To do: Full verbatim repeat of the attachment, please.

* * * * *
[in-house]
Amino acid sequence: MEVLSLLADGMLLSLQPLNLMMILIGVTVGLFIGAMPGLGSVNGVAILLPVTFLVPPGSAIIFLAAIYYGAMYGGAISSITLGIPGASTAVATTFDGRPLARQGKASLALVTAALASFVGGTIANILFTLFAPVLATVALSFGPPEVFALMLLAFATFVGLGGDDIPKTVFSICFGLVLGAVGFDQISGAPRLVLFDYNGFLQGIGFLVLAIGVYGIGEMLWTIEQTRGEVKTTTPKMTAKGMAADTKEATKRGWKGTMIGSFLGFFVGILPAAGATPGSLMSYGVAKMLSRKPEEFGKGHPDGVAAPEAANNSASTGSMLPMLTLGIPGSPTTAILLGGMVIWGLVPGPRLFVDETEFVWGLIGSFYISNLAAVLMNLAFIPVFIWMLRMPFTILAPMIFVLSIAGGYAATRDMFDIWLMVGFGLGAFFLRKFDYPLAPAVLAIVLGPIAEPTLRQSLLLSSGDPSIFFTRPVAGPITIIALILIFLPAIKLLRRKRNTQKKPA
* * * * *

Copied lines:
[in-house]
Amino acid sequence: MEVLSLLADGMLLSLQPLNLMMILIGVTVGLFIGAMPGLGSVNGVAILLPVTFLVPPGSAIIFLAAIYYGAMYGGAISSITLGIPGASTAVATTFDGRPLARQGKASLALVTAALASFVGGTIANILFTLFAPVLATVALSFGPPEVFALMLLAFATFVGLGGDDIPKTVFSICFGLVLGAVGFDQISGAPRLVLFDYNGFLQGIGFLVLAIGVYGIGEMLWTIEQTRGEVKTTTPKMTAKGMAADTKEATKRGWKGTMIGSFLGFFVGILPAAGATPGSLMSYGVAKMLSRKPEEFGKGHPDGVAAPEAANNSASTGSMLPMLTLGIPGSPTTAILLGGMVIWGLVPGPRLFVDETEFVWGLIGSFYISNLAAVLMNLAFIPVFIWMLRMPFTILAPMIFVLSIAGGYAATRDMFDIWLMVGFGLGAFFLRKFDYPLAPAVLAIVLGPIAEPTLRQSLLLSSGDPSIFFTRPVAGPITIIALILIFLPAIKLLRRKRNTQKKPA